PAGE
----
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Find out what happens during labour and birth, including stages of labour, contractions, dilation, birth positions, monitoring your baby, speeding up labour, and active and physiological management of the third stage.
During the 1st stage of labour, contractions make your cervix gradually open (dilate). This is usually the longest stage of labour.
At the start of labour, your cervix starts to soften so it can open. This is called the latent phase and you may feel irregular contractions. It can take many hours, or even days, before you're in established labour.
Established labour is when your cervix has dilated to about 4cm and regular contractions are opening your cervix.
During the latent phase, it's a good idea to have something to eat and drink because you'll need energy for when labour is established.
If your labour starts at night, try to stay comfortable and relaxed. Sleep if you can.
If your labour starts during the day, stay upright and gently active. This helps your baby move down into your pelvis and helps your cervix to dilate.
Breathing exercises, massage and having a warm bath or shower may help ease pain during this early stage of labour.
Contact your midwifery team if:
If you go into hospital or your midwifery unit before your labour has become established, they may suggest you go home again for a while.
Once labour is established, your midwife will check on you from time to time to see how you're progressing and offer you support, including pain relief if you need it.
You can either walk around or get into a position that feels comfortable to labour in.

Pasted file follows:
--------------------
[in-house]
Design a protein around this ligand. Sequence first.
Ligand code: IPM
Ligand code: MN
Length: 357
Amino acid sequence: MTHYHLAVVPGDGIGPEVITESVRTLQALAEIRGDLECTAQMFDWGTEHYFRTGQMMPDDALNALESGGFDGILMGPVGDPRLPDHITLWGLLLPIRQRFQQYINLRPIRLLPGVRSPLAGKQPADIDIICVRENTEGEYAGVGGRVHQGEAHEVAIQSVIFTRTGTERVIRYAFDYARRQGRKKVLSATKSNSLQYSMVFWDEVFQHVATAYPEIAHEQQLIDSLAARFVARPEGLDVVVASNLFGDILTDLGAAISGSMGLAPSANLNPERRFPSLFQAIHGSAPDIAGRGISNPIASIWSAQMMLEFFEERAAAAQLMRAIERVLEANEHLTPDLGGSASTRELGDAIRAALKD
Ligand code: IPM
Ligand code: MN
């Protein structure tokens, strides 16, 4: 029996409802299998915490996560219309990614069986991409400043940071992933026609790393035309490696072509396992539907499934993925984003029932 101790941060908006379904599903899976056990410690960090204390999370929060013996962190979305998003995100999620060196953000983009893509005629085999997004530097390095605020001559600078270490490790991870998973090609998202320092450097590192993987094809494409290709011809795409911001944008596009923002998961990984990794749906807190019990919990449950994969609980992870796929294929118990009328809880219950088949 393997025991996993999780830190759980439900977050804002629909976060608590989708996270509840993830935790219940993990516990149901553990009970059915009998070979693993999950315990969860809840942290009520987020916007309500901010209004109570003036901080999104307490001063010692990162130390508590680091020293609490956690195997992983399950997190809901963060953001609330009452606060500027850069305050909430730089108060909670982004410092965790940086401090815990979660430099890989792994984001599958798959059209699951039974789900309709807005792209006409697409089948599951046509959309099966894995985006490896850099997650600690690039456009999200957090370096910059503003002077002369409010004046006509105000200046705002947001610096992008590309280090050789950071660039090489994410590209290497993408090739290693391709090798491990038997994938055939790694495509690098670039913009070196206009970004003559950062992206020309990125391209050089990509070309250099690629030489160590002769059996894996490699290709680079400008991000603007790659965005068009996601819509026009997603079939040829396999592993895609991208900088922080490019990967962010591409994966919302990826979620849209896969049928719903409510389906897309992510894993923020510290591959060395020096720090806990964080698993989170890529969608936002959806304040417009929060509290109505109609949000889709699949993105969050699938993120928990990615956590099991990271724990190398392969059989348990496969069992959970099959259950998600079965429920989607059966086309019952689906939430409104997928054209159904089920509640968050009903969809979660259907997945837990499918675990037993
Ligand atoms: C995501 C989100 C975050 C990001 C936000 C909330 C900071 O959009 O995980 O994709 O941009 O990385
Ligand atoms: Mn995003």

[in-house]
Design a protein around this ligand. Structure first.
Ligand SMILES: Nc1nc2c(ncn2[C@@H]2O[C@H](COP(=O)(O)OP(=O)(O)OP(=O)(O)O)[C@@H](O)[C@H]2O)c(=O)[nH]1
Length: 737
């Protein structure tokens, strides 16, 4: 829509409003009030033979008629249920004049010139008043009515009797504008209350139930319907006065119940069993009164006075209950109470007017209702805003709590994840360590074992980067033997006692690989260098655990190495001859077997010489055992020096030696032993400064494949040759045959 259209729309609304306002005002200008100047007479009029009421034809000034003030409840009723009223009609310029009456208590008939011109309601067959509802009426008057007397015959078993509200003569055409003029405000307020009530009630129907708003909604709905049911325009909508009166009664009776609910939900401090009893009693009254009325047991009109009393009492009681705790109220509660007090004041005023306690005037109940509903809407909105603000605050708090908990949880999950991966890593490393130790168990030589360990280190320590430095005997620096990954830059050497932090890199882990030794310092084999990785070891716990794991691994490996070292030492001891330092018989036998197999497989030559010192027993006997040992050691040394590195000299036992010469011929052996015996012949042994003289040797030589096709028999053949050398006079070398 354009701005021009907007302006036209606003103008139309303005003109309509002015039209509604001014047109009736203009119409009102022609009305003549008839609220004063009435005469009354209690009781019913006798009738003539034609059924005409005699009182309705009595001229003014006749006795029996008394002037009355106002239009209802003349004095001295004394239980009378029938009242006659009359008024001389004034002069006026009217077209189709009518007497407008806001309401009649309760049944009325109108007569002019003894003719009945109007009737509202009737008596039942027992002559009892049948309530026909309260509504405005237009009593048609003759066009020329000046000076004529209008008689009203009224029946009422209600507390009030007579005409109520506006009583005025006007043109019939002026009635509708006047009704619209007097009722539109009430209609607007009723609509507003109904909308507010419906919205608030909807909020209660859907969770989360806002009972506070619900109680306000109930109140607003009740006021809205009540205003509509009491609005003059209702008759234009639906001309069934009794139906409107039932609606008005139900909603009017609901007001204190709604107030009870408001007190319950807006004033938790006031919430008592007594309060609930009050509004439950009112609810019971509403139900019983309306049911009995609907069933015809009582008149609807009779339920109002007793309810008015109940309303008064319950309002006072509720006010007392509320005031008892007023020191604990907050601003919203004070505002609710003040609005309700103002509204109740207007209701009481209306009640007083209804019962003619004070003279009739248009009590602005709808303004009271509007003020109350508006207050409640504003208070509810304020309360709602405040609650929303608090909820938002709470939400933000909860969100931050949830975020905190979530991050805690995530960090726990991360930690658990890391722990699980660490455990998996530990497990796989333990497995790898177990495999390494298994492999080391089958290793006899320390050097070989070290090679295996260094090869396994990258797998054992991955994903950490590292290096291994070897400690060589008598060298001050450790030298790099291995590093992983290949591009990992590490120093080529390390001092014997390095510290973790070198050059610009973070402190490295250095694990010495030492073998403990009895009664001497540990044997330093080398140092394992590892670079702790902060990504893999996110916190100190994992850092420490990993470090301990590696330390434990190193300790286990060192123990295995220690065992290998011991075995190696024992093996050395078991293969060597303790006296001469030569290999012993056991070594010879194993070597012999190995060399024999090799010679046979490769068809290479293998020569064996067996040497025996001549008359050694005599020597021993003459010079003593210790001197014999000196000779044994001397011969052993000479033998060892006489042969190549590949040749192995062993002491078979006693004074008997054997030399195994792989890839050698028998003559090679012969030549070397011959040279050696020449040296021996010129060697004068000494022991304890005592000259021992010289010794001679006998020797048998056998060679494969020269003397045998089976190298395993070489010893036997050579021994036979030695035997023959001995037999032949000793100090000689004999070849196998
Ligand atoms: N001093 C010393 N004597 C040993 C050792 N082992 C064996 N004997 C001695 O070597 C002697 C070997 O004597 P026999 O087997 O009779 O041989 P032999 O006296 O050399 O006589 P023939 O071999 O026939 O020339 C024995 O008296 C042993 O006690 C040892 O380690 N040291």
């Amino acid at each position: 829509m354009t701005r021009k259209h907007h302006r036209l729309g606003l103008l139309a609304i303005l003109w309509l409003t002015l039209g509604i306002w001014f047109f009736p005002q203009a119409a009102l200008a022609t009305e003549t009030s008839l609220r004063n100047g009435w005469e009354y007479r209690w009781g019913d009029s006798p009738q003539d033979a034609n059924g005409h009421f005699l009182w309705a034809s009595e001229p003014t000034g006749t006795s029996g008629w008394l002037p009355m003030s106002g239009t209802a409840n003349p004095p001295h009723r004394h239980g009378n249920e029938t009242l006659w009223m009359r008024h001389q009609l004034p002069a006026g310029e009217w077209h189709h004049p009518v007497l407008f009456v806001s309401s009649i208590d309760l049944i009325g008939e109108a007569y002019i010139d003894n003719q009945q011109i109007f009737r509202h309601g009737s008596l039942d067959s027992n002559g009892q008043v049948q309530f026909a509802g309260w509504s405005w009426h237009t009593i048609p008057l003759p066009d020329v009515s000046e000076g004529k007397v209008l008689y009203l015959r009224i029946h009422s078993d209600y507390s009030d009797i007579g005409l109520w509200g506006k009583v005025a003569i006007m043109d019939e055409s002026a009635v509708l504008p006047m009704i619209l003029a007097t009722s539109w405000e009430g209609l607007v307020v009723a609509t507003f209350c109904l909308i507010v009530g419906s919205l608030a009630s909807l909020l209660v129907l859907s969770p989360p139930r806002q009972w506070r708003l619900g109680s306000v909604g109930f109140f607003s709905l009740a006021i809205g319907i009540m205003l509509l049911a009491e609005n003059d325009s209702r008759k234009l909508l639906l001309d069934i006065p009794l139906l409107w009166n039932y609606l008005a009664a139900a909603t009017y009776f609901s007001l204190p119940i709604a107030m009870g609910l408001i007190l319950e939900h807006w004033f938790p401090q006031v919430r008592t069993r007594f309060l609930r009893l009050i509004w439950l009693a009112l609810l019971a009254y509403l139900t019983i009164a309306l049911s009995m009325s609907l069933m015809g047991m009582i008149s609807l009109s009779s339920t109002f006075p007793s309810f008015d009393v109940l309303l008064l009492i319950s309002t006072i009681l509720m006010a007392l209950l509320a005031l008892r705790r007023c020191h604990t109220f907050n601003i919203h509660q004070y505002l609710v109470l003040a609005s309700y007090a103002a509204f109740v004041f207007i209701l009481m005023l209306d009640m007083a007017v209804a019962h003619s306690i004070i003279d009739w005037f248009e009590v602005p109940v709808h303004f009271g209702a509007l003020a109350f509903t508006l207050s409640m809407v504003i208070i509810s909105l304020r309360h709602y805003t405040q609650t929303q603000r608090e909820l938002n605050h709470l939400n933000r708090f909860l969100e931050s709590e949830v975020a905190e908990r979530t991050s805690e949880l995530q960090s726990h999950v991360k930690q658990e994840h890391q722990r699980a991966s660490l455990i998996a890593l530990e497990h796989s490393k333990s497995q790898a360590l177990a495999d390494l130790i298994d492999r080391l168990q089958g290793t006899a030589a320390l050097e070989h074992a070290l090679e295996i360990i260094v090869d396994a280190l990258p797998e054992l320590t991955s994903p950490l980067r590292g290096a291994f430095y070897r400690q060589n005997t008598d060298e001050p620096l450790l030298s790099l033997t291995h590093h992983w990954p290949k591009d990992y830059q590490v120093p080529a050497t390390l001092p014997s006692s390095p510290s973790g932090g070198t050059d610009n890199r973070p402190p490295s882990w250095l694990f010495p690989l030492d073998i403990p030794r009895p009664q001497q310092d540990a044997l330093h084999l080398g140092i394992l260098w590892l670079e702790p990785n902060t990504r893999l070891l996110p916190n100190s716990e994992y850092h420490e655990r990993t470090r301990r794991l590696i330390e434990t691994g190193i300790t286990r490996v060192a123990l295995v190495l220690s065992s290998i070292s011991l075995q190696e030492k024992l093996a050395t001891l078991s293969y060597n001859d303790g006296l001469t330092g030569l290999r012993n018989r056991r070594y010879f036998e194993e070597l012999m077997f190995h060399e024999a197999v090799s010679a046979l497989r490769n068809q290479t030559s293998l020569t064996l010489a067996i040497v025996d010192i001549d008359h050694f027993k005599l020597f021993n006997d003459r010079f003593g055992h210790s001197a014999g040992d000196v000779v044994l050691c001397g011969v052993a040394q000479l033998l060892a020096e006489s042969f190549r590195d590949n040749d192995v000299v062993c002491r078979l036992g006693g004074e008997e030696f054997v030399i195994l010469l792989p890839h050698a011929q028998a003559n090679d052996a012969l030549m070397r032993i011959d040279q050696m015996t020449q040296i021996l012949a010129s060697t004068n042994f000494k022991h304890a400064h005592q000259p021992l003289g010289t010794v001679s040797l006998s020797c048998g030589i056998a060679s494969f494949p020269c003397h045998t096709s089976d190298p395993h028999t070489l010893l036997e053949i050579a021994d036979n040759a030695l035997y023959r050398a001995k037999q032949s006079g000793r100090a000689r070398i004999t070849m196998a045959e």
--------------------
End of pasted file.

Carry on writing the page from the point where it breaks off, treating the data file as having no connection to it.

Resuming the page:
Your midwife will offer you regular vaginal examinations to see how your labour is progressing. If you do not want to have these, you do not have to – your midwife can discuss with you why she's offering them.
Your cervix needs to open about 10cm for your baby to pass through it. This is what's called being fully dilated.
In a 1st labour, the time from the start of established labour to being fully dilated is usually 8 to 12 hours. It's often quicker (around 5 hours), in a 2nd or 3rd pregnancy.
When you reach the end of the 1st stage of labour, you may feel an urge to push.
Your midwife will monitor you and your baby during labour to make sure you're both coping well.
This will include using a small handheld device to listen to your baby's heart every 15 minutes. You'll be free to move around as much as you want.
Your midwife may suggest electronic monitoring if there are any concerns about you or your baby, or if you choose to have an epidural.
Electronic monitoring involves strapping 2 pads to your bump. One pad is used to monitor your contractions and the other is used to monitor your baby's heartbeat. These pads are attached to a monitor that shows your baby's heartbeat and your contractions
Sometimes a clip called a foetal heart monitor can be attached to the baby's head instead. This can give a more accurate measurement of your baby's heartbeat.
You can ask to be monitored electronically even if there are no concerns. Having electronic monitoring can sometimes restrict how much you can move around.